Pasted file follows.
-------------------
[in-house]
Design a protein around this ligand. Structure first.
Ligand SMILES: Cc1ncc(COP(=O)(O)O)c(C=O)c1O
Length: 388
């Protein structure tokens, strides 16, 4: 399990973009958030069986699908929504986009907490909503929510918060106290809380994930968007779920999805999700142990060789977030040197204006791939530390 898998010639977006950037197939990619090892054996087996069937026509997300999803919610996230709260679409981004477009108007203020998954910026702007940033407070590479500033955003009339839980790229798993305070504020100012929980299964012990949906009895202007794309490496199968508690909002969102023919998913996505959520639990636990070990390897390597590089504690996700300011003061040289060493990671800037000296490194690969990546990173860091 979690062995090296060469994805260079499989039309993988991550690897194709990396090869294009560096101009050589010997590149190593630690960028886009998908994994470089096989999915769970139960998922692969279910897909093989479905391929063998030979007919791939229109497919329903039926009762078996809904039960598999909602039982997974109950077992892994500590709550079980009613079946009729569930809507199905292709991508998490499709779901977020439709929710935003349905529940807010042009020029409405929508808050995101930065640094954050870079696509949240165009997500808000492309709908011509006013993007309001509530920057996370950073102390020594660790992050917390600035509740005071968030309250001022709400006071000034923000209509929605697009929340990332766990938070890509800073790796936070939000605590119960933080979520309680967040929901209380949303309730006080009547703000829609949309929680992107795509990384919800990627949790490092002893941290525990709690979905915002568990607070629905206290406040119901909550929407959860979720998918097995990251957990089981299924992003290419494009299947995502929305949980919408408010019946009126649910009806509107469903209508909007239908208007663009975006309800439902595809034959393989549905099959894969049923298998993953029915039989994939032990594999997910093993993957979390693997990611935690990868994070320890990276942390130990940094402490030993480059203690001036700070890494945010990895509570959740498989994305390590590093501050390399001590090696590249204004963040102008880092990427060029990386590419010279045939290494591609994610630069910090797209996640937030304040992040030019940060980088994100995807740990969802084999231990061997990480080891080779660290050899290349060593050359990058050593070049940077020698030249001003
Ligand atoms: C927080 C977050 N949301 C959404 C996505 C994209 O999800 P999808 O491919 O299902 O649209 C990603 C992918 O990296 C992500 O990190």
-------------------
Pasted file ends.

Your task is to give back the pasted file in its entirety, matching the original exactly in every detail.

[in-house]
Design a protein around this ligand. Structure first.
Ligand SMILES: Cc1ncc(COP(=O)(O)O)c(C=O)c1O
Length: 388
């Protein structure tokens, strides 16, 4: 399990973009958030069986699908929504986009907490909503929510918060106290809380994930968007779920999805999700142990060789977030040197204006791939530390 898998010639977006950037197939990619090892054996087996069937026509997300999803919610996230709260679409981004477009108007203020998954910026702007940033407070590479500033955003009339839980790229798993305070504020100012929980299964012990949906009895202007794309490496199968508690909002969102023919998913996505959520639990636990070990390897390597590089504690996700300011003061040289060493990671800037000296490194690969990546990173860091 979690062995090296060469994805260079499989039309993988991550690897194709990396090869294009560096101009050589010997590149190593630690960028886009998908994994470089096989999915769970139960998922692969279910897909093989479905391929063998030979007919791939229109497919329903039926009762078996809904039960598999909602039982997974109950077992892994500590709550079980009613079946009729569930809507199905292709991508998490499709779901977020439709929710935003349905529940807010042009020029409405929508808050995101930065640094954050870079696509949240165009997500808000492309709908011509006013993007309001509530920057996370950073102390020594660790992050917390600035509740005071968030309250001022709400006071000034923000209509929605697009929340990332766990938070890509800073790796936070939000605590119960933080979520309680967040929901209380949303309730006080009547703000829609949309929680992107795509990384919800990627949790490092002893941290525990709690979905915002568990607070629905206290406040119901909550929407959860979720998918097995990251957990089981299924992003290419494009299947995502929305949980919408408010019946009126649910009806509107469903209508909007239908208007663009975006309800439902595809034959393989549905099959894969049923298998993953029915039989994939032990594999997910093993993957979390693997990611935690990868994070320890990276942390130990940094402490030993480059203690001036700070890494945010990895509570959740498989994305390590590093501050390399001590090696590249204004963040102008880092990427060029990386590419010279045939290494591609994610630069910090797209996640937030304040992040030019940060980088994100995807740990969802084999231990061997990480080891080779660290050899290349060593050359990058050593070049940077020698030249001003
Ligand atoms: C927080 C977050 N949301 C959404 C996505 C994209 O999800 P999808 O491919 O299902 O649209 C990603 C992918 O990296 C992500 O990190």